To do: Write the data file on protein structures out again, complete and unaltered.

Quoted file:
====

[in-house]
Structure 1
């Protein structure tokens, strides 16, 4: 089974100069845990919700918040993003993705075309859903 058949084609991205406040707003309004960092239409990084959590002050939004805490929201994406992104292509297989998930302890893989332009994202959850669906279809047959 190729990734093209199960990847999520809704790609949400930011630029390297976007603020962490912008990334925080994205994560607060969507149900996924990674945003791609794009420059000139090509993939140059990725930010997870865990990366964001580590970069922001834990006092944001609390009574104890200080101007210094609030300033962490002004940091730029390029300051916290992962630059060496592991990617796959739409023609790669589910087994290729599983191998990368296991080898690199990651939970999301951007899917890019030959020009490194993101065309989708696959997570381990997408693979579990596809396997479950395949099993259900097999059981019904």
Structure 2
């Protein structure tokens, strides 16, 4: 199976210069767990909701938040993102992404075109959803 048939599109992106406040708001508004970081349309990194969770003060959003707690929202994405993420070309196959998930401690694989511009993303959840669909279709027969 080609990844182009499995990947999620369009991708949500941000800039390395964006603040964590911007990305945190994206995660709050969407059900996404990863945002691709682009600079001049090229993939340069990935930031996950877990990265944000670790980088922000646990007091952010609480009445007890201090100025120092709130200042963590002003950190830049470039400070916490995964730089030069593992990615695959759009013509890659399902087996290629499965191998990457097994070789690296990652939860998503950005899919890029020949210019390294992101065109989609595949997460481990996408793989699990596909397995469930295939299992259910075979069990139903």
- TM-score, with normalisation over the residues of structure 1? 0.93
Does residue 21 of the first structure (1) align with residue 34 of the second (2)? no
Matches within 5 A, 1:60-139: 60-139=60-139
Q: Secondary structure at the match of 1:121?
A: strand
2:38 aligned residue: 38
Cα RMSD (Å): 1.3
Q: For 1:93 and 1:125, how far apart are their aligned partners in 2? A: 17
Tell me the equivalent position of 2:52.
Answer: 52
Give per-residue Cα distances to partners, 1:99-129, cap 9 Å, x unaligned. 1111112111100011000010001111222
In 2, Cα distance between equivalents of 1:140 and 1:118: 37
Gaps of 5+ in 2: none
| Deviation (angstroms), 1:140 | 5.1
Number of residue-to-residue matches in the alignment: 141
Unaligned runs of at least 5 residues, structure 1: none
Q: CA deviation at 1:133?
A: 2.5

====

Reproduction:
[in-house]
Structure 1
């Protein structure tokens, strides 16, 4: 089974100069845990919700918040993003993705075309859903 058949084609991205406040707003309004960092239409990084959590002050939004805490929201994406992104292509297989998930302890893989332009994202959850669906279809047959 190729990734093209199960990847999520809704790609949400930011630029390297976007603020962490912008990334925080994205994560607060969507149900996924990674945003791609794009420059000139090509993939140059990725930010997870865990990366964001580590970069922001834990006092944001609390009574104890200080101007210094609030300033962490002004940091730029390029300051916290992962630059060496592991990617796959739409023609790669589910087994290729599983191998990368296991080898690199990651939970999301951007899917890019030959020009490194993101065309989708696959997570381990997408693979579990596809396997479950395949099993259900097999059981019904």
Structure 2
């Protein structure tokens, strides 16, 4: 199976210069767990909701938040993102992404075109959803 048939599109992106406040708001508004970081349309990194969770003060959003707690929202994405993420070309196959998930401690694989511009993303959840669909279709027969 080609990844182009499995990947999620369009991708949500941000800039390395964006603040964590911007990305945190994206995660709050969407059900996404990863945002691709682009600079001049090229993939340069990935930031996950877990990265944000670790980088922000646990007091952010609480009445007890201090100025120092709130200042963590002003950190830049470039400070916490995964730089030069593992990615695959759009013509890659399902087996290629499965191998990457097994070789690296990652939860998503950005899919890029020949210019390294992101065109989609595949997460481990996408793989699990596909397995469930295939299992259910075979069990139903």
- TM-score, with normalisation over the residues of structure 1? 0.93
Does residue 21 of the first structure (1) align with residue 34 of the second (2)? no
Matches within 5 A, 1:60-139: 60-139=60-139
Q: Secondary structure at the match of 1:121?
A: strand
2:38 aligned residue: 38
Cα RMSD (Å): 1.3
Q: For 1:93 and 1:125, how far apart are their aligned partners in 2? A: 17
Tell me the equivalent position of 2:52.
Answer: 52
Give per-residue Cα distances to partners, 1:99-129, cap 9 Å, x unaligned. 1111112111100011000010001111222
In 2, Cα distance between equivalents of 1:140 and 1:118: 37
Gaps of 5+ in 2: none
| Deviation (angstroms), 1:140 | 5.1
Number of residue-to-residue matches in the alignment: 141
Unaligned runs of at least 5 residues, structure 1: none
Q: CA deviation at 1:133?
A: 2.5